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Molecules 2016, 21(8), 1015; https://doi.org/10.3390/molecules21081015

Article
The Herbal Medicine KIOM-MA128 Inhibits the Antigen/IgE-Mediated Allergic Response in Vitro and in Vivo
Korean Medicine (KM)-Application Center, Korea Institute of Oriental Medicine (KIOM), 70 Cheomdan-ro, Dong-gu, Daegu 41062, Korea
*
Author to whom correspondence should be addressed.
Academic Editor: Norbert Latruffe
Received: 6 July 2016 / Accepted: 2 August 2016 / Published: 4 August 2016

Abstract

:
KIOM-MA128, a novel herbal medicine, has been reported to exert some beneficial effects on various biological events, such as atopic dermatitis, inflammation and cancer. The aim of this study is to investigate how KIOM-MA128 regulates the allergic response. We measured the activity of β-hexosaminidase and the levels of allergic mediators in the conditioned media of antigen/IgE (Ag/IgE)-activated RBL-2H3 mast cells. We examined the levels of proteins associated with both the FcεRI and arachidonate cascades. Finally, we established the passive cutaneous anaphylaxis (PCA) model in mice to confirm the anti-allergic effects of KIOM-MA128 in vivo. KIOM-MA128 dose-dependently inhibited degranulation and the production of the allergic mediators described above, with no significant cytotoxicity. In the arachidonate cascade, KIOM-MA128 significantly reduced both cytosolic phospholipase A2 (cPLA2) phosphorylation and cyclooxygenase-2 (COX-2) expression. Moreover, in the FcεRI cascade, KIOM-MA128 not only inhibited activation of LYN, FYN and SYK, known as the rate-limiting proteins of the FcεRI cascade, but also suppressed the phosphorylation of ERK, p38 and JNK, which is related to cytokine expression. Finally, 50 to 100 mg/kg KIOM-MA128 significantly attenuated the Ag/IgE-induced PCA reaction in mice. These findings provide novel information and improve our understanding of the anti-allergic effects of KIOM-MA128 on allergic diseases.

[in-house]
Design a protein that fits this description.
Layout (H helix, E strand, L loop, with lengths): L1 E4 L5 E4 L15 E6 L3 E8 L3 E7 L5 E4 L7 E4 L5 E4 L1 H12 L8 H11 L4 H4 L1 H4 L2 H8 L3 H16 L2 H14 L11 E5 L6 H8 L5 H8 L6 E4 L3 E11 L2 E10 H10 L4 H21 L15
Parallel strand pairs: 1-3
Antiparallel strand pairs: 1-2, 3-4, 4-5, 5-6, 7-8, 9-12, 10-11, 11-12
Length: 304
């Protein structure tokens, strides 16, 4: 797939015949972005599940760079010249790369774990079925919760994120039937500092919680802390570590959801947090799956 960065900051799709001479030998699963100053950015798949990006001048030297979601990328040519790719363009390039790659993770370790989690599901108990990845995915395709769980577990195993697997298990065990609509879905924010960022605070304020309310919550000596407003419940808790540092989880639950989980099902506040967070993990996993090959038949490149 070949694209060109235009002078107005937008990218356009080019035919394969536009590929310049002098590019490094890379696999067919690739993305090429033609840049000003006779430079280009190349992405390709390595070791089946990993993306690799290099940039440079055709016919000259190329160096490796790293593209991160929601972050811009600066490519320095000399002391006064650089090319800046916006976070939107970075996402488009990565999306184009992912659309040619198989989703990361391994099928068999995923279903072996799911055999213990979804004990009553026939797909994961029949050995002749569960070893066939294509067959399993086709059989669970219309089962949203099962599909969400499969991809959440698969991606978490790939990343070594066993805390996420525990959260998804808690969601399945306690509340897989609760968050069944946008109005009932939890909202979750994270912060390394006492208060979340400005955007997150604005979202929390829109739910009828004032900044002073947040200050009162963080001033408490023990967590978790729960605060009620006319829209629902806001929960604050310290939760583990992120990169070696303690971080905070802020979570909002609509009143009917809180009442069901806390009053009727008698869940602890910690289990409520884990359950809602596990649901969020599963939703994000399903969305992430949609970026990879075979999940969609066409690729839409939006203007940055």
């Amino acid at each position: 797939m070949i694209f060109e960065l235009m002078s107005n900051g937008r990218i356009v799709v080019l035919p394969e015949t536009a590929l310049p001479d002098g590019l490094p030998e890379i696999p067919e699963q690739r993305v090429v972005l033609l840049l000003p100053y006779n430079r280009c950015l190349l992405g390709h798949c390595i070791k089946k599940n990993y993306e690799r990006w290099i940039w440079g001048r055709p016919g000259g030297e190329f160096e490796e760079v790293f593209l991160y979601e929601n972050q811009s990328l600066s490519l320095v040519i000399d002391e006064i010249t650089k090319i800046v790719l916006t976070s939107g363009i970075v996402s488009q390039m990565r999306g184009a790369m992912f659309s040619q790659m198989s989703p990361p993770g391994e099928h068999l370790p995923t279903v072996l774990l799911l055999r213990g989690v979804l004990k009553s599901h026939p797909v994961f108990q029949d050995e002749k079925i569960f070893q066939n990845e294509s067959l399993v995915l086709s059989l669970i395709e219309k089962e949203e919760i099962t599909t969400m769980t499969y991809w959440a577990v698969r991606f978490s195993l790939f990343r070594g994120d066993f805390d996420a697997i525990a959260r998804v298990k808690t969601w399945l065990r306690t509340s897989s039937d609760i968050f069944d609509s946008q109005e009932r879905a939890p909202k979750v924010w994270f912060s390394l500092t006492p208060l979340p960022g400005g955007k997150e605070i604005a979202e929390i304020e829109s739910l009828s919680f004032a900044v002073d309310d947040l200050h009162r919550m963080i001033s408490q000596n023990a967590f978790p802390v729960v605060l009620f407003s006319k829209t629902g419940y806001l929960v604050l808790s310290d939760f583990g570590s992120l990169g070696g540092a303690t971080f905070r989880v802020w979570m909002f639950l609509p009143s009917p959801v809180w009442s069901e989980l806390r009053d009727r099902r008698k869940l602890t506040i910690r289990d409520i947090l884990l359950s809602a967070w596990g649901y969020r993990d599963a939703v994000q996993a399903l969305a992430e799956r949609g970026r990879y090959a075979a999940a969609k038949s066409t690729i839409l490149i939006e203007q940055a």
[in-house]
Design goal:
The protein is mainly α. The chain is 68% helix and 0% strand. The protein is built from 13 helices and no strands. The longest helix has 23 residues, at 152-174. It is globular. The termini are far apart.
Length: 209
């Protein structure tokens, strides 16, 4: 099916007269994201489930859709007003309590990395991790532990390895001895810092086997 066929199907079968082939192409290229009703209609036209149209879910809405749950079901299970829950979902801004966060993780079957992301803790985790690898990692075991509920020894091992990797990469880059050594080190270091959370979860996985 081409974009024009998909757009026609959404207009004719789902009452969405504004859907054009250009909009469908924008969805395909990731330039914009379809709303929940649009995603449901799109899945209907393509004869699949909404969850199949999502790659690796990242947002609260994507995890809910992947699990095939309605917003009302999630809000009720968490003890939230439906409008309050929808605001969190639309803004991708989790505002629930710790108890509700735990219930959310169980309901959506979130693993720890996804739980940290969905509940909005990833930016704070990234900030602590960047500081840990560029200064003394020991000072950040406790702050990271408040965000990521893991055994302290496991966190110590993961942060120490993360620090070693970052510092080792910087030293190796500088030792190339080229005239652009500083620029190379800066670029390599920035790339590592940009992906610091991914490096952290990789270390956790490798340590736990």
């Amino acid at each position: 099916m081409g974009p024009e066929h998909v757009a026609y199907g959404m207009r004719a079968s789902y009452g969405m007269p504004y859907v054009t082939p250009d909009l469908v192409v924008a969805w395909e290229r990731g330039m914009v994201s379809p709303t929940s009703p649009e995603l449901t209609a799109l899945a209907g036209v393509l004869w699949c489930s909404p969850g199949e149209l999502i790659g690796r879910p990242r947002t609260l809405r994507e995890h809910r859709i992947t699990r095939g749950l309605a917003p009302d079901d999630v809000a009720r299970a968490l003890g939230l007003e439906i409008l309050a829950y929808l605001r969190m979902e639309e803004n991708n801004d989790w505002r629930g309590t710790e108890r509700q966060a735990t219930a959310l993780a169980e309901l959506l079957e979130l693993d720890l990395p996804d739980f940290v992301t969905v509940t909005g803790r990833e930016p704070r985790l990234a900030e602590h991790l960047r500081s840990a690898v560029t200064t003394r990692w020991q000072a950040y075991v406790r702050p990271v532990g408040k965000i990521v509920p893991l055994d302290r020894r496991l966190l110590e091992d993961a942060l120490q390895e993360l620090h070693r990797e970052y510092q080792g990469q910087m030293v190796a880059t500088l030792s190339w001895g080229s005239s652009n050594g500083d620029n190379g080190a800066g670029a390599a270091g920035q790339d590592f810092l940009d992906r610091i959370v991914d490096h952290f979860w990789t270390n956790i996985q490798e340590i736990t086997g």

Keywords:
mast cell; allergic response; passive cutaneous anaphylaxis (PCA); FcεRI signaling; KIOM-MA128

1. Introduction

Mast cells play a critical role in the allergic response, including early- and late-phase reactions [1]. A high-affinity receptor for IgE (FcεRI), which is located on the mast cell membrane, interacts with antigen-specific IgE (Ag/IgE). The interaction activates the mast cells by initiating molecular signaling pathways, such as the efflux of Ca2+ into the cytosol, and/or phosphorylation of tyrosine kinases, including SYK, LYN and FYN. Cross-linking FcεRI and the Ag/IgE complex activates LYN, which then activates SYK. These processes cause the activation of a signaling cascade, including LAT, phospholipase C (PLC) γ, and MAP kinases (MAPKs). Additionally, activation of mast cells by the Ag/IgE complex is associated with the secretion of granules containing various allergic mediators, such as β-hexosaminidase, histamines, eicosanoids, serotonin, and pro-inflammatory cytokines and chemokines. In particular, tumor necrosis factor-α, a pro-inflammatory cytokine, induces inflammation during degranulation and recruits various immune cells, causing severe inflammation [2]. In addition, the immortalized RBL-2H3 cell line is originated from rat basophilic leukemia cells, and is mostly used for the evaluation of mast cell degranulation and for screening potential anti-allergic agents [3,4].